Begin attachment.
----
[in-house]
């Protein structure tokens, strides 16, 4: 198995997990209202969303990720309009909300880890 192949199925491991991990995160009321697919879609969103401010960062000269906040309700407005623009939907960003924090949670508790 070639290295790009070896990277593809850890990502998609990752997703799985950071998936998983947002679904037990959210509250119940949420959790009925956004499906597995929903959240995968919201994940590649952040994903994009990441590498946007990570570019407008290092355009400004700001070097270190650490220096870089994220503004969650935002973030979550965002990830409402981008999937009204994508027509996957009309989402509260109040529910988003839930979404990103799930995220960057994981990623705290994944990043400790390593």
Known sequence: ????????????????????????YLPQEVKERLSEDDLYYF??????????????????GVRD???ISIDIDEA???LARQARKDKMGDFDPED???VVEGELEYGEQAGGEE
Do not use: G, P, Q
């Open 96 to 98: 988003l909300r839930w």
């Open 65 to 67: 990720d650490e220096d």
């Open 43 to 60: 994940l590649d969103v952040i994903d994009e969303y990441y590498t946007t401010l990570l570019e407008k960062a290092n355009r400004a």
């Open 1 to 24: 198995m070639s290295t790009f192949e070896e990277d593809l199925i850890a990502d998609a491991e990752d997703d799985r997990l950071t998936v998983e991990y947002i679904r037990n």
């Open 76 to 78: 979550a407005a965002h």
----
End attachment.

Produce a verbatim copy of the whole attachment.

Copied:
[in-house]
């Protein structure tokens, strides 16, 4: 198995997990209202969303990720309009909300880890 192949199925491991991990995160009321697919879609969103401010960062000269906040309700407005623009939907960003924090949670508790 070639290295790009070896990277593809850890990502998609990752997703799985950071998936998983947002679904037990959210509250119940949420959790009925956004499906597995929903959240995968919201994940590649952040994903994009990441590498946007990570570019407008290092355009400004700001070097270190650490220096870089994220503004969650935002973030979550965002990830409402981008999937009204994508027509996957009309989402509260109040529910988003839930979404990103799930995220960057994981990623705290994944990043400790390593």
Known sequence: ????????????????????????YLPQEVKERLSEDDLYYF??????????????????GVRD???ISIDIDEA???LARQARKDKMGDFDPED???VVEGELEYGEQAGGEE
Do not use: G, P, Q
């Open 96 to 98: 988003l909300r839930w």
């Open 65 to 67: 990720d650490e220096d």
């Open 43 to 60: 994940l590649d969103v952040i994903d994009e969303y990441y590498t946007t401010l990570l570019e407008k960062a290092n355009r400004a």
């Open 1 to 24: 198995m070639s290295t790009f192949e070896e990277d593809l199925i850890a990502d998609a491991e990752d997703d799985r997990l950071t998936v998983e991990y947002i679904r037990n």
């Open 76 to 78: 979550a407005a965002h």